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Bariatric surgery in obese type 2 diabetes patients shows greater remission than lifestyle changes

Obese patients with type 2 diabetes that underwent bariatric surgery had greater remission of the disease than through lifestyle changes alone, a new trial reports.
The findings come from the University of Pittsburgh, who randomly assigned 61 obese adults with type 2 to one of two weight loss procedures, or lifestyle intervention.
The first surgical treatment was a Roux-en-Y-gastric bypass (RYGB), while the second was a laparoscopic adjustable gastric banding (LAGB). Lifestyle interventions were administered to this group in years two and three.
40 per cent of those who underwent RYGB, and 29 per cent who had LABG achieved remission from type 2 diabetes. After three years, these participants no longer required medication. None of the lifestyle treatment group experienced remission.
65 per cent of RYGB, 33 per cent of LAGB and none of the lifestyle only group went from using insulin or oral medication before the study to not needing medication after three years.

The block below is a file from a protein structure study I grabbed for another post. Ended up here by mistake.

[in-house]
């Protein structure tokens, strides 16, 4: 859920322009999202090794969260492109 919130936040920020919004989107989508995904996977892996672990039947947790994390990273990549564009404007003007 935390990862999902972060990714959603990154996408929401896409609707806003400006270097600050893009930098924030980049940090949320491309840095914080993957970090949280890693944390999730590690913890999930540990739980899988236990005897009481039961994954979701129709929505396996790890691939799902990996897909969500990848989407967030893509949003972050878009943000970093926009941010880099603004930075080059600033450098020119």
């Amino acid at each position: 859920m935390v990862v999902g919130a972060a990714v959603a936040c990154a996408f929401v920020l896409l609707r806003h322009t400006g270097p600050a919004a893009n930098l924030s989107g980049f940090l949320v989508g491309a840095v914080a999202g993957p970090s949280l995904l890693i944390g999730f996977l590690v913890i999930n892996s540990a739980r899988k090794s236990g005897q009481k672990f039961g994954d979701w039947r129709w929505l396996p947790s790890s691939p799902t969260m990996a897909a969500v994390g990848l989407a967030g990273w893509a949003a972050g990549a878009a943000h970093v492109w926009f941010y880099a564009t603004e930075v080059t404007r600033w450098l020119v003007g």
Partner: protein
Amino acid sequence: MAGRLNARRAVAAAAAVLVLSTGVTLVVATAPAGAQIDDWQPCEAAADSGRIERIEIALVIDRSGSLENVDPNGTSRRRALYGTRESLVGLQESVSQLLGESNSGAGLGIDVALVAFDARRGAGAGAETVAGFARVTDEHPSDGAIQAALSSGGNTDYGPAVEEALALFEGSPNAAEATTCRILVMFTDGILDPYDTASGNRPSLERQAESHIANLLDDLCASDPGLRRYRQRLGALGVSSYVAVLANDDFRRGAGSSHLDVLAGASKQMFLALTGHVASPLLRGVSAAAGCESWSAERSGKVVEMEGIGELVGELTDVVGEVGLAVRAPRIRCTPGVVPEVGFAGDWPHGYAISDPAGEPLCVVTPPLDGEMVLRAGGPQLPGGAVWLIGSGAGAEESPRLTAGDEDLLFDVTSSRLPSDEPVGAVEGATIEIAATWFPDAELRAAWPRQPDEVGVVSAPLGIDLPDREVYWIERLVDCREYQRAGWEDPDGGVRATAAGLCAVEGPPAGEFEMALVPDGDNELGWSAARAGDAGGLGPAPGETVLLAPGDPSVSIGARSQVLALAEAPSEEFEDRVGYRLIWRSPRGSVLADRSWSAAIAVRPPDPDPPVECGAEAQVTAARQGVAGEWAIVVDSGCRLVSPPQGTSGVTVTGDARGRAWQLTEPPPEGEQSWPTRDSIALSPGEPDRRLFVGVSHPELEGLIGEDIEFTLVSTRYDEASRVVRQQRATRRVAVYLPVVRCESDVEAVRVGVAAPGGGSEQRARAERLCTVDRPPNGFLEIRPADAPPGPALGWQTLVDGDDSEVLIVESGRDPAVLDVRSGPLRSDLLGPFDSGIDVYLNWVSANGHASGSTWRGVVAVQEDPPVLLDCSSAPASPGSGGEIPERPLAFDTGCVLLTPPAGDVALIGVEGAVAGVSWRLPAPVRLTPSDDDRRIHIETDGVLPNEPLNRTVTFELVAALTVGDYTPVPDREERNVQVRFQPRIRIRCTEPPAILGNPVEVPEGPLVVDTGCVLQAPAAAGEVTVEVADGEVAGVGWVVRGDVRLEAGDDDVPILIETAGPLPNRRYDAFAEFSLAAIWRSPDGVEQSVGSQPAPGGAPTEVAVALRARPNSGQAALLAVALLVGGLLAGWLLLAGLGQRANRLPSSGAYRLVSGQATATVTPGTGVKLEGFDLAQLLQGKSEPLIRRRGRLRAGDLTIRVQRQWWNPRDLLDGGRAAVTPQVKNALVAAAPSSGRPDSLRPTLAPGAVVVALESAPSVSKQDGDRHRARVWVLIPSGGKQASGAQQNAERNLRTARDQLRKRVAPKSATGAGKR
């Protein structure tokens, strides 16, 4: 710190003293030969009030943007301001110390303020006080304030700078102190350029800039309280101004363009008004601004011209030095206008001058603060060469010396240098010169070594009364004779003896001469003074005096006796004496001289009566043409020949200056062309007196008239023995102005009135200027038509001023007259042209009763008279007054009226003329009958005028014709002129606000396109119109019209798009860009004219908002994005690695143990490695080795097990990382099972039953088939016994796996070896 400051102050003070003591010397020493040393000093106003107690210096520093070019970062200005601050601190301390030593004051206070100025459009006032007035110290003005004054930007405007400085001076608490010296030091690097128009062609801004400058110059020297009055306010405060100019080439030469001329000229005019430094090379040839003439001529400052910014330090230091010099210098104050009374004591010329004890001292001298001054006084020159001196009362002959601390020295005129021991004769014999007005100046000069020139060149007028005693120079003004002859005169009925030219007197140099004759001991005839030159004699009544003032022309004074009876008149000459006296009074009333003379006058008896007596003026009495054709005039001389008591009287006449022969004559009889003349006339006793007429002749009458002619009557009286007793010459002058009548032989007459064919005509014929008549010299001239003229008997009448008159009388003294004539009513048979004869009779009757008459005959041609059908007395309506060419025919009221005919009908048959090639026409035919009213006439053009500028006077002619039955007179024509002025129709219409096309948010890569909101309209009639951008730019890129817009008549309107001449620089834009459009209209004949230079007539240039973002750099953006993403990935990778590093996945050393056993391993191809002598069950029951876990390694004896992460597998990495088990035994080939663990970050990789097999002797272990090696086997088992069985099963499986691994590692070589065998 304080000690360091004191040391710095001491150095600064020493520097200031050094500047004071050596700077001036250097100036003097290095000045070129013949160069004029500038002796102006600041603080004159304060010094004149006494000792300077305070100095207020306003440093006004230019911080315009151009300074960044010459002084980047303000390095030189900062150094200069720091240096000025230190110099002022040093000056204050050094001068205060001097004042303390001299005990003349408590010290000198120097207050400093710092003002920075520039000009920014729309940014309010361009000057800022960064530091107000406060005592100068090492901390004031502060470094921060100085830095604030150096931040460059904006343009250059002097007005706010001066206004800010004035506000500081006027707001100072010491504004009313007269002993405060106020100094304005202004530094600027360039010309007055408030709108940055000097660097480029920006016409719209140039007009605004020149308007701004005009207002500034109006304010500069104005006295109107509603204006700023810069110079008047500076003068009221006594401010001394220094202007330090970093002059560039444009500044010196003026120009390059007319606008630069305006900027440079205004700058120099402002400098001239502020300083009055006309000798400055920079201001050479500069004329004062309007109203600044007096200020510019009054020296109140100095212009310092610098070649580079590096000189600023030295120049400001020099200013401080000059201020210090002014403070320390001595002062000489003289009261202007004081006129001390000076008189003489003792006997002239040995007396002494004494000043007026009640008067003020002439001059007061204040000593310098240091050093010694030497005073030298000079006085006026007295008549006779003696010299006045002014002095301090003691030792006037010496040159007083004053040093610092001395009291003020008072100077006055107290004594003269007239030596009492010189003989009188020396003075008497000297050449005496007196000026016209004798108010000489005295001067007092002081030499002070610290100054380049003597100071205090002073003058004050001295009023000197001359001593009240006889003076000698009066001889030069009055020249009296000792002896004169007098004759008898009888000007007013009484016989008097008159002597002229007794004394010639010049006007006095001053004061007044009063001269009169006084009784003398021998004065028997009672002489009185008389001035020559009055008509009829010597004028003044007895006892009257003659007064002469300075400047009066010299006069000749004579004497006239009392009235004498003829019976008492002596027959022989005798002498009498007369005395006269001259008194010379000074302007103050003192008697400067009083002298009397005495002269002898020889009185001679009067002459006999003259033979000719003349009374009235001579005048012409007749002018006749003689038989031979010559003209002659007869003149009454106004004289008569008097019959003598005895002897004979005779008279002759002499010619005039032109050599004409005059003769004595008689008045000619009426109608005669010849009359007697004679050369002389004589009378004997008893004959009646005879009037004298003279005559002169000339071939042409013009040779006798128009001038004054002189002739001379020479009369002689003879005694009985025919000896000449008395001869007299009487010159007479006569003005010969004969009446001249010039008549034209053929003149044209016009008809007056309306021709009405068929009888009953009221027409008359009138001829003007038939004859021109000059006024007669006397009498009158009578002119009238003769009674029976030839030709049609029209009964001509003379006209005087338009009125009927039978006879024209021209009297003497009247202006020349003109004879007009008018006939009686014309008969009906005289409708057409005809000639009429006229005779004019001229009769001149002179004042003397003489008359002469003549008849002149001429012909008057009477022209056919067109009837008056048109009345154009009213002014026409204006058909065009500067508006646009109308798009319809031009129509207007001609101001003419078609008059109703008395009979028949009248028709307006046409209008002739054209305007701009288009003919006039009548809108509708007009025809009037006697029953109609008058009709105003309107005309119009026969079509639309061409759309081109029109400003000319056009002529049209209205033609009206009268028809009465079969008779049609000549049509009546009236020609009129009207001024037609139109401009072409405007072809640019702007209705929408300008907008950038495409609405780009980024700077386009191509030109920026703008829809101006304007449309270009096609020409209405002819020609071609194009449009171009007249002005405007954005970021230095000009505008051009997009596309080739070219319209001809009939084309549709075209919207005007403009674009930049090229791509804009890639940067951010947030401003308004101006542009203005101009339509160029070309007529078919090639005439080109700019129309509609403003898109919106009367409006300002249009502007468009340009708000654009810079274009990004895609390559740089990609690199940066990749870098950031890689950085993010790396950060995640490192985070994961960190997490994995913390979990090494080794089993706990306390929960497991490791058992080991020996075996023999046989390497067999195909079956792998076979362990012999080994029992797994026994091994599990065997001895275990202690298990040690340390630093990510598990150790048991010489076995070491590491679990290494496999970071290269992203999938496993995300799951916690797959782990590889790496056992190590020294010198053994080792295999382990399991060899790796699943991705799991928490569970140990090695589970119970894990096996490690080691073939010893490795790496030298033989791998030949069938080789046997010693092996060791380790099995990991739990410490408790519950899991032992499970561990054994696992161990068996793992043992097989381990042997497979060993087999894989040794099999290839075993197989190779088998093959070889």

Regarding weight loss, the greatest average reduction after three years was found in the RYBG group, at 25 per cent. This figure was 15 per cent in the LAGB group, and 5.7 per cent in the lifestyle treatment group.
The authors noted: “This study provides further important evidence that at longer-term follow-up of three years, surgical treatments, including RYGB and LAGB, are superior to lifestyle intervention alone for the remission of T2DM in obese individuals, including those with a BMI between 30 and 35.”
Study limitations
However, the authors added that more research needs to be done regarding surgery in individuals who are less overweight. Questions also still remain about the impact of bariatric surgery in treating long-term microvascular and macrovascular complications.
Another limitation of the study’s findings was that the lifestyle intervention group involved adopting a low-fat diet, along with exercise. Low-fat diets can be helpful in achieving weight loss, but do not affect blood glucose levels to the degree that remission can be experienced.
Conversely, studies have shown that low-carbohydrate and very low-calorie diets have a greater efficacy in achieving remission from type 2 diabetes.

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